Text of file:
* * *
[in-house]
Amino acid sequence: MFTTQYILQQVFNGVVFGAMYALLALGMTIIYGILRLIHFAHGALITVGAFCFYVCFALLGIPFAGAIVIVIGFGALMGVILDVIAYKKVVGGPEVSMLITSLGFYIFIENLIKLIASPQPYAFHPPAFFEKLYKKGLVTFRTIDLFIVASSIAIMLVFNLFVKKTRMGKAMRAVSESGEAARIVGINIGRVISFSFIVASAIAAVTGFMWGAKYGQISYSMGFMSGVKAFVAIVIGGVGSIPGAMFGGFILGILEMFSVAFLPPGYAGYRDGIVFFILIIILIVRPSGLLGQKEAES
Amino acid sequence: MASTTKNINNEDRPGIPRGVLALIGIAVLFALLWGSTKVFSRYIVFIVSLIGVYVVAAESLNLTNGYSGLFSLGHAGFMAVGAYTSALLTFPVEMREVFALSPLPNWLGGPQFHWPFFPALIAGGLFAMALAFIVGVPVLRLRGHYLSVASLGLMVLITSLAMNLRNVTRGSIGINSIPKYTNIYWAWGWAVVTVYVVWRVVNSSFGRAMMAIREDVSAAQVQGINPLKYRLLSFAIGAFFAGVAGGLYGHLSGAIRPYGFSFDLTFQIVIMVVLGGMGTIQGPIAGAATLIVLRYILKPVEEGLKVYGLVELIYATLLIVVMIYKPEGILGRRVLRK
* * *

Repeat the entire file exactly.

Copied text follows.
[in-house]
Amino acid sequence: MFTTQYILQQVFNGVVFGAMYALLALGMTIIYGILRLIHFAHGALITVGAFCFYVCFALLGIPFAGAIVIVIGFGALMGVILDVIAYKKVVGGPEVSMLITSLGFYIFIENLIKLIASPQPYAFHPPAFFEKLYKKGLVTFRTIDLFIVASSIAIMLVFNLFVKKTRMGKAMRAVSESGEAARIVGINIGRVISFSFIVASAIAAVTGFMWGAKYGQISYSMGFMSGVKAFVAIVIGGVGSIPGAMFGGFILGILEMFSVAFLPPGYAGYRDGIVFFILIIILIVRPSGLLGQKEAES
Amino acid sequence: MASTTKNINNEDRPGIPRGVLALIGIAVLFALLWGSTKVFSRYIVFIVSLIGVYVVAAESLNLTNGYSGLFSLGHAGFMAVGAYTSALLTFPVEMREVFALSPLPNWLGGPQFHWPFFPALIAGGLFAMALAFIVGVPVLRLRGHYLSVASLGLMVLITSLAMNLRNVTRGSIGINSIPKYTNIYWAWGWAVVTVYVVWRVVNSSFGRAMMAIREDVSAAQVQGINPLKYRLLSFAIGAFFAGVAGGLYGHLSGAIRPYGFSFDLTFQIVIMVVLGGMGTIQGPIAGAATLIVLRYILKPVEEGLKVYGLVELIYATLLIVVMIYKPEGILGRRVLRK